Five weeks into ballet classes – lots of fun and laughs, good exercise, not much pain anymore. But a ballerina I am not!! Watching myself in the mirror trying to pirouette – oh my – there are times when I feel 2 years old again, just barely able to keep myself on my feet!
Last class, we were reviewing steps and the names of the steps, all French words. A classmate commented that ballet actually originated in Italy, and that got me wondering about the history of ballet and the actual meanings of the words used to describe the steps. So here’s a little bit of what I’ve learned:
Ballet did indeed originate in the Italian Renaissance courts of the 15th century, being originally performed in large chambers with the audience in tiered seats on three sides of the dance floor. It further developed as a concert dance form in France, England, and Russia. It is primarily performed to classical music.
This type of dance is very hard to achieve (and I can attest to that), and is known for using every muscle of the body – and let me tell you, my body certainly feels it! Even though it is technically a performance art, sports critics consider it more complicated than any other sport.
Here’s a short video clip of real ballet dancers.
Ballet words – I’ve learned so many in the last few weeks, many that I’d heard before, but now they actually mean something.
Arabesque – the real meaning: position of the body, in profile, supported on one leg, with the other leg extended behind and at right angles to it, and the arms held in various harmonious positions creating the longest possible line from the fingertips to the toes. It should look like this: For me, it means hanging onto the barre for dear life, extending one foot behind me at about, maybe, a 30 degree angle, aching back, trembling thighs, foot on the floor shifting, trying to find a balance.
Barre – the real meaning: The horizontal wooden bar fastened to the walls of the ballet classroom or rehearsal hall which the dancer touches occasionally. For me, a lifeline to which I clutch desperately, has prevented a broken hip more times than I can count.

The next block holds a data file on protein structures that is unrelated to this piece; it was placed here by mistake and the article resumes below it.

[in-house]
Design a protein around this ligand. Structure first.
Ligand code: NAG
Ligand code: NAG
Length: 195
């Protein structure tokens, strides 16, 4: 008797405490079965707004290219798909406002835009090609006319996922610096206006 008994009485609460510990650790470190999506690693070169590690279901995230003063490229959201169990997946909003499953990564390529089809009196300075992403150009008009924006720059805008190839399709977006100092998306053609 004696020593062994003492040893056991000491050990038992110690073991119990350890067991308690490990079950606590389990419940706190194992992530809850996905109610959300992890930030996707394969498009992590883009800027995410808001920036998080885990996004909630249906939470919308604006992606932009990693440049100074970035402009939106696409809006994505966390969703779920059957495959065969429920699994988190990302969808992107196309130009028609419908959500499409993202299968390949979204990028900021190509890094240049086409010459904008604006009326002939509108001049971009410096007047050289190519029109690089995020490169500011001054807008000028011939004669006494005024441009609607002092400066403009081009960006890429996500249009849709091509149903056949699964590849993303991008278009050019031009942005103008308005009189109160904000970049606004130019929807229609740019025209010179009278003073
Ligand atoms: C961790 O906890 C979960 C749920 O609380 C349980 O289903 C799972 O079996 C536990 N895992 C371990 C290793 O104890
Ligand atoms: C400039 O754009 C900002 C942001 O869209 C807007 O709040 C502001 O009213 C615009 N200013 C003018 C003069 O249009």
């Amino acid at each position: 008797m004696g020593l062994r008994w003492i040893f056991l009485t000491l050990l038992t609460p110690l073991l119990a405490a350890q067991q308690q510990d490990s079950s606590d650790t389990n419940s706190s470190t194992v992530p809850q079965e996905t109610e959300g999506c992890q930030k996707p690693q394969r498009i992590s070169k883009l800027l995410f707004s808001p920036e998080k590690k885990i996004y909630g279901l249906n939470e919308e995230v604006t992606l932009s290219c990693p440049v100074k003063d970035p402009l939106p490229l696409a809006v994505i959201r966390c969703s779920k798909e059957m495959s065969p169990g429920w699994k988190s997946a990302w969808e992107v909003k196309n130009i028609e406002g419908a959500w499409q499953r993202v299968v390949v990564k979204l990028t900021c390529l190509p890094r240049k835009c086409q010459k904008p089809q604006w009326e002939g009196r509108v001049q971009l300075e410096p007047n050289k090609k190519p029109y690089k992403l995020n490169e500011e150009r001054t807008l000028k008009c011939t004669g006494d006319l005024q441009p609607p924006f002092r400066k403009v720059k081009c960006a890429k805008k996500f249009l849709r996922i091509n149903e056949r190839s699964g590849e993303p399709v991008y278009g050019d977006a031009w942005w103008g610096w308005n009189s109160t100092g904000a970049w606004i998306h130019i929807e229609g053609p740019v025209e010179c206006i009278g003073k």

Pirouette – the real meaning: Whirl or spin. A complete turn of the body on one foot, on point or demi-pointe. The body must be well centered over the supporting leg with the back held strongly and the hips and shoulders aligned. The force of momentum is furnished by the arms, which remain immobile during the turn. The head is the last to move as the body turns away from the spectator and the first to arrive as the body comes around to the spectator, with the eyes focused at a definite point which must be at eye level. Oh my goodness – if I could get everything aligned I might be able to get turned around once. As it is: I get into starting position, then turn about 1/4, then hop the rest of the way around until I’m facing front, landing with feet splayed and arms any old place, to quickly try to recover into a reasonable position before the instructor sees what I’ve done – eyes CLOSED the whole time!!
Plie – the real meaning: bending of the knee or knees. This is an exercise to render the joints and muscles soft and pliable and the tendons flexible and elastic, and to develop a sense of balance. There are two principal pliés: grand plié or full bending of the knees (the knees should be bent until the thighs are horizontal) and demi-plié or half-bending of the knees. The bending movement should be gradual and free from jerks, and the knees should be at least half-bent before the heels are allowed to rise. All demi-pliés are done without lifting the heels from the ground. Here’s what demi- and grand plies should look like:
For me: a squat, heels up the whole time, thighs at maybe 20 degrees (even for a grand) and trembling all the way, one arm awkwardly out trying to maintain a balance, while the other hand grabs onto the bar so I don’t land on my keister.
Tendu – the real meaning: an exercise to force the insteps well outward. The working foot slides from the first or fifth position to the second or fourth position without lifting the toe from the ground. Both knees must be kept straight. When the foot reaches the position pointe tendue, it then returns to the first or fifth position. For me: sticking my toe out in some kind of an approximation of pointing, then hopping around clutching my foot trying to stretch out the cramp.
As hilarious as it is when I’m trying to do all of this, I certainly come away from class knowing that I’ve exercised well, at least as well as I can given the fact that I’ve never been an athlete and I’m old!! I have an exercise routine to carry me through the week (doing this desperately so that Friday night classes don’t hurt too much), and I’m enjoying the classes and the company. In the end, when I’m at home with no mirror, I do at least feel graceful while I’m doing this – and I’m having fun.
Hoping that you find the fun in whatever you do. Happy weekend! Peg